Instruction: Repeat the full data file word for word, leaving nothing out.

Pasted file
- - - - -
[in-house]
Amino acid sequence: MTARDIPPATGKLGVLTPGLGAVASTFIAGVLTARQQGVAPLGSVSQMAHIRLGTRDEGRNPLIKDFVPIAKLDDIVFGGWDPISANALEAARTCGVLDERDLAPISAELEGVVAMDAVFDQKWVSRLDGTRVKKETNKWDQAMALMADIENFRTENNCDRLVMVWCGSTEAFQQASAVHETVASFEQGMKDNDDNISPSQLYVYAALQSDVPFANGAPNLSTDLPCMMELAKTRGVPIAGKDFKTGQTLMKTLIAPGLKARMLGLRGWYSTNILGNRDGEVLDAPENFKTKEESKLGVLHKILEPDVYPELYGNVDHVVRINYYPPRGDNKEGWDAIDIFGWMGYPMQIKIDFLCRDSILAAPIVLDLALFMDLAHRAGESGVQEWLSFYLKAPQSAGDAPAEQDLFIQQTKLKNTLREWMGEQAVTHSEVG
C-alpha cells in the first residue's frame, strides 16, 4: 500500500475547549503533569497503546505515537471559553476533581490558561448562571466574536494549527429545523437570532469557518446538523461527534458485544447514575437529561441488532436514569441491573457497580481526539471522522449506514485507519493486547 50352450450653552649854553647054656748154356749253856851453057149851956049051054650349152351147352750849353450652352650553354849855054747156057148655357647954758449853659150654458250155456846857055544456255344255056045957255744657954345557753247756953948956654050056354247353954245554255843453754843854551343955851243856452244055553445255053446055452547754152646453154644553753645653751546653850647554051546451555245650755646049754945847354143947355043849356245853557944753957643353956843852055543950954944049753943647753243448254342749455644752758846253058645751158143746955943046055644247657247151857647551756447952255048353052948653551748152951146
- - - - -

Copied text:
[in-house]
Amino acid sequence: MTARDIPPATGKLGVLTPGLGAVASTFIAGVLTARQQGVAPLGSVSQMAHIRLGTRDEGRNPLIKDFVPIAKLDDIVFGGWDPISANALEAARTCGVLDERDLAPISAELEGVVAMDAVFDQKWVSRLDGTRVKKETNKWDQAMALMADIENFRTENNCDRLVMVWCGSTEAFQQASAVHETVASFEQGMKDNDDNISPSQLYVYAALQSDVPFANGAPNLSTDLPCMMELAKTRGVPIAGKDFKTGQTLMKTLIAPGLKARMLGLRGWYSTNILGNRDGEVLDAPENFKTKEESKLGVLHKILEPDVYPELYGNVDHVVRINYYPPRGDNKEGWDAIDIFGWMGYPMQIKIDFLCRDSILAAPIVLDLALFMDLAHRAGESGVQEWLSFYLKAPQSAGDAPAEQDLFIQQTKLKNTLREWMGEQAVTHSEVG
C-alpha cells in the first residue's frame, strides 16, 4: 500500500475547549503533569497503546505515537471559553476533581490558561448562571466574536494549527429545523437570532469557518446538523461527534458485544447514575437529561441488532436514569441491573457497580481526539471522522449506514485507519493486547 50352450450653552649854553647054656748154356749253856851453057149851956049051054650349152351147352750849353450652352650553354849855054747156057148655357647954758449853659150654458250155456846857055544456255344255056045957255744657954345557753247756953948956654050056354247353954245554255843453754843854551343955851243856452244055553445255053446055452547754152646453154644553753645653751546653850647554051546451555245650755646049754945847354143947355043849356245853557944753957643353956843852055543950954944049753943647753243448254342749455644752758846253058645751158143746955943046055644247657247151857647551756447952255048353052948653551748152951146